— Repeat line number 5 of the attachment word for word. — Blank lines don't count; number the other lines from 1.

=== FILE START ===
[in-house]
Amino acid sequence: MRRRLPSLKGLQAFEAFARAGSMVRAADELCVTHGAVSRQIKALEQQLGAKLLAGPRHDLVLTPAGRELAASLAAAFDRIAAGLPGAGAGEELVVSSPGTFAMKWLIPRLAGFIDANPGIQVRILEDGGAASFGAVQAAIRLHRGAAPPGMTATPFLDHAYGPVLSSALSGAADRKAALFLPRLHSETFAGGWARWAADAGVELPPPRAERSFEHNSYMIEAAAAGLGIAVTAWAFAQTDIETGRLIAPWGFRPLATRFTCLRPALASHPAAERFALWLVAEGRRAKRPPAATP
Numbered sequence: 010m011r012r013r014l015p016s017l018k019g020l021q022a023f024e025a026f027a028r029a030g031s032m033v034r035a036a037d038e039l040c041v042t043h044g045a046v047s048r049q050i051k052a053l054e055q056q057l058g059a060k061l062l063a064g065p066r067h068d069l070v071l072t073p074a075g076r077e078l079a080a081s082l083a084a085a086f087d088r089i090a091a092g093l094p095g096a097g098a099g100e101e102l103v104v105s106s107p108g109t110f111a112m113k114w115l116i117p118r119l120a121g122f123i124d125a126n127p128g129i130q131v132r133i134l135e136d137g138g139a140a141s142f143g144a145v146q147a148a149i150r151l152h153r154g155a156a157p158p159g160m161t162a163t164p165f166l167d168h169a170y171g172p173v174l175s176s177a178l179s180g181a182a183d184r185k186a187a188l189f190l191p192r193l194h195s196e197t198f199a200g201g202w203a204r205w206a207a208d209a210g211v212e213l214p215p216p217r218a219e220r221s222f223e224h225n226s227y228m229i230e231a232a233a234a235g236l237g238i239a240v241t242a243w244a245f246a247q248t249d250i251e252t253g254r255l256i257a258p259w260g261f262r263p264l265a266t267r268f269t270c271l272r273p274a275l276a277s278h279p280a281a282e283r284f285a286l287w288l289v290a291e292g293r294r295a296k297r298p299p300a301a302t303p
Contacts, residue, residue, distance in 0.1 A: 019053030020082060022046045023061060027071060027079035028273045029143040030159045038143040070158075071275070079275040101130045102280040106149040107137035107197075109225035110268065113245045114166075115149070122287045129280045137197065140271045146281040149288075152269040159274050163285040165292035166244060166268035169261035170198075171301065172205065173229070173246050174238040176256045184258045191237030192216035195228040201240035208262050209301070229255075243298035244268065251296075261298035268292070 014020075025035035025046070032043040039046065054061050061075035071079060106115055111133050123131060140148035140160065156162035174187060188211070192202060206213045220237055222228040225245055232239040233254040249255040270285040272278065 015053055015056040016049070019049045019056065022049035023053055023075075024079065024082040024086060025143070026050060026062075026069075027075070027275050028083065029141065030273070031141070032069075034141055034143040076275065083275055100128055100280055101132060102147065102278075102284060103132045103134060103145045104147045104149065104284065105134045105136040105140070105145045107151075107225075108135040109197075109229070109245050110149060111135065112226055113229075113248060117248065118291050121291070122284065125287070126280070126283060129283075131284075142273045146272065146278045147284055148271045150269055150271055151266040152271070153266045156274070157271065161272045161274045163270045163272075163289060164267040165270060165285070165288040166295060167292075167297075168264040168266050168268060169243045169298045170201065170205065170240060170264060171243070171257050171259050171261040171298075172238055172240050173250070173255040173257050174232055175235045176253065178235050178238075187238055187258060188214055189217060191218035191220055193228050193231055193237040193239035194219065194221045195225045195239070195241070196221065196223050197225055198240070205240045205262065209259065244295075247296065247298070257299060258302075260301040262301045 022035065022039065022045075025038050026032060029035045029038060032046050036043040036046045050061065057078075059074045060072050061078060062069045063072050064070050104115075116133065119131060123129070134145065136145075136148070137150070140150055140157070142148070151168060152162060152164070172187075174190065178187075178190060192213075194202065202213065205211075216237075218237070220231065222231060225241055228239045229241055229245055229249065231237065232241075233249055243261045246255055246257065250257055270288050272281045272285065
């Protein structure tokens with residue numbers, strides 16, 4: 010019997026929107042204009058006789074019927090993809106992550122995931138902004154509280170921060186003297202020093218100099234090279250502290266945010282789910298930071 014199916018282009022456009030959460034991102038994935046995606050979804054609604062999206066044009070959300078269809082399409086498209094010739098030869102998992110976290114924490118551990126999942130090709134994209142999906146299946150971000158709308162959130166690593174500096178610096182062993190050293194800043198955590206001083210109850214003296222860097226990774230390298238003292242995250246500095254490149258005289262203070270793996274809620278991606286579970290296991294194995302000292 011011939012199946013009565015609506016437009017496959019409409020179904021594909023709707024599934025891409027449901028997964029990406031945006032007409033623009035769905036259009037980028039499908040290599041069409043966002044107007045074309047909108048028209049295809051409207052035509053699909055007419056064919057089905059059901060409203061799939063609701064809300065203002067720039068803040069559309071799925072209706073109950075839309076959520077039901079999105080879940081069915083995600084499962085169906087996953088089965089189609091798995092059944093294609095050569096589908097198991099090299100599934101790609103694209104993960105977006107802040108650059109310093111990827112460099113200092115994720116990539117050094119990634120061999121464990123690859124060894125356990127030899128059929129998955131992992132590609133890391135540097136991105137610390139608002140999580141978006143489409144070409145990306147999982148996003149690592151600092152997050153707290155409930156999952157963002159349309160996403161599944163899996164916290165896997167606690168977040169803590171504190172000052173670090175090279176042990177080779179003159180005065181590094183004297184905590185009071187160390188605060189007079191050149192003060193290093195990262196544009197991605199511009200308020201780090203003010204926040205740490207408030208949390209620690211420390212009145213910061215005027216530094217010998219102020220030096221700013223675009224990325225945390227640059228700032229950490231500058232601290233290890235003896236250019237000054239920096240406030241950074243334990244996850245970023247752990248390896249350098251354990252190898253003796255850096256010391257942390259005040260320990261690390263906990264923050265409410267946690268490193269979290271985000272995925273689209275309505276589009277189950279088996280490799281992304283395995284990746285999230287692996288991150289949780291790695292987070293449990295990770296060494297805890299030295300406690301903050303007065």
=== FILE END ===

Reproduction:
């Protein structure tokens with residue numbers, strides 16, 4: 010019997026929107042204009058006789074019927090993809106992550122995931138902004154509280170921060186003297202020093218100099234090279250502290266945010282789910298930071 014199916018282009022456009030959460034991102038994935046995606050979804054609604062999206066044009070959300078269809082399409086498209094010739098030869102998992110976290114924490118551990126999942130090709134994209142999906146299946150971000158709308162959130166690593174500096178610096182062993190050293194800043198955590206001083210109850214003296222860097226990774230390298238003292242995250246500095254490149258005289262203070270793996274809620278991606286579970290296991294194995302000292 011011939012199946013009565015609506016437009017496959019409409020179904021594909023709707024599934025891409027449901028997964029990406031945006032007409033623009035769905036259009037980028039499908040290599041069409043966002044107007045074309047909108048028209049295809051409207052035509053699909055007419056064919057089905059059901060409203061799939063609701064809300065203002067720039068803040069559309071799925072209706073109950075839309076959520077039901079999105080879940081069915083995600084499962085169906087996953088089965089189609091798995092059944093294609095050569096589908097198991099090299100599934101790609103694209104993960105977006107802040108650059109310093111990827112460099113200092115994720116990539117050094119990634120061999121464990123690859124060894125356990127030899128059929129998955131992992132590609133890391135540097136991105137610390139608002140999580141978006143489409144070409145990306147999982148996003149690592151600092152997050153707290155409930156999952157963002159349309160996403161599944163899996164916290165896997167606690168977040169803590171504190172000052173670090175090279176042990177080779179003159180005065181590094183004297184905590185009071187160390188605060189007079191050149192003060193290093195990262196544009197991605199511009200308020201780090203003010204926040205740490207408030208949390209620690211420390212009145213910061215005027216530094217010998219102020220030096221700013223675009224990325225945390227640059228700032229950490231500058232601290233290890235003896236250019237000054239920096240406030241950074243334990244996850245970023247752990248390896249350098251354990252190898253003796255850096256010391257942390259005040260320990261690390263906990264923050265409410267946690268490193269979290271985000272995925273689209275309505276589009277189950279088996280490799281992304283395995284990746285999230287692996288991150289949780291790695292987070293449990295990770296060494297805890299030295300406690301903050303007065």